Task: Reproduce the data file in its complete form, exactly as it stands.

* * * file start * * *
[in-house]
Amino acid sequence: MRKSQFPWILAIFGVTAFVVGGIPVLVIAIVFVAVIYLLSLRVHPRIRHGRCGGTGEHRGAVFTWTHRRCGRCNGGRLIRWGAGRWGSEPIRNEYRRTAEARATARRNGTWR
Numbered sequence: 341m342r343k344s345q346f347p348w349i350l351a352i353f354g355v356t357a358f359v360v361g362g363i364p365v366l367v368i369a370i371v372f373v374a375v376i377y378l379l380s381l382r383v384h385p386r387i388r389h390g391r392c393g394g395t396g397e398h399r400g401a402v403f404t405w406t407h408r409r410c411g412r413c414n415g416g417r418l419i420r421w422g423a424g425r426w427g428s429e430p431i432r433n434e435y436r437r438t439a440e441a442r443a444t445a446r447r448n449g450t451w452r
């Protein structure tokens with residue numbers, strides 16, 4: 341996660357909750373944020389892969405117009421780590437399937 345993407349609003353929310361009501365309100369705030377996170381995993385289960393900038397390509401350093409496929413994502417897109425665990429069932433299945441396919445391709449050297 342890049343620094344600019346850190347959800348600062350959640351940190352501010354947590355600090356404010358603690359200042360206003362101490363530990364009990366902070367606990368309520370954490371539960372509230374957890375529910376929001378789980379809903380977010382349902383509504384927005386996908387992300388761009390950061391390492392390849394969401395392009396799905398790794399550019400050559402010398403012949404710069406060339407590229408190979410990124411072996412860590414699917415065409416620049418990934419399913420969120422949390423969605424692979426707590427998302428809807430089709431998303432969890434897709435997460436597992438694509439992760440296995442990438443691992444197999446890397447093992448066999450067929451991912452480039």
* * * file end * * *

[in-house]
Amino acid sequence: MRKSQFPWILAIFGVTAFVVGGIPVLVIAIVFVAVIYLLSLRVHPRIRHGRCGGTGEHRGAVFTWTHRRCGRCNGGRLIRWGAGRWGSEPIRNEYRRTAEARATARRNGTWR
Numbered sequence: 341m342r343k344s345q346f347p348w349i350l351a352i353f354g355v356t357a358f359v360v361g362g363i364p365v366l367v368i369a370i371v372f373v374a375v376i377y378l379l380s381l382r383v384h385p386r387i388r389h390g391r392c393g394g395t396g397e398h399r400g401a402v403f404t405w406t407h408r409r410c411g412r413c414n415g416g417r418l419i420r421w422g423a424g425r426w427g428s429e430p431i432r433n434e435y436r437r438t439a440e441a442r443a444t445a446r447r448n449g450t451w452r
């Protein structure tokens with residue numbers, strides 16, 4: 341996660357909750373944020389892969405117009421780590437399937 345993407349609003353929310361009501365309100369705030377996170381995993385289960393900038397390509401350093409496929413994502417897109425665990429069932433299945441396919445391709449050297 342890049343620094344600019346850190347959800348600062350959640351940190352501010354947590355600090356404010358603690359200042360206003362101490363530990364009990366902070367606990368309520370954490371539960372509230374957890375529910376929001378789980379809903380977010382349902383509504384927005386996908387992300388761009390950061391390492392390849394969401395392009396799905398790794399550019400050559402010398403012949404710069406060339407590229408190979410990124411072996412860590414699917415065409416620049418990934419399913420969120422949390423969605424692979426707590427998302428809807430089709431998303432969890434897709435997460436597992438694509439992760440296995442990438443691992444197999446890397447093992448066999450067929451991912452480039």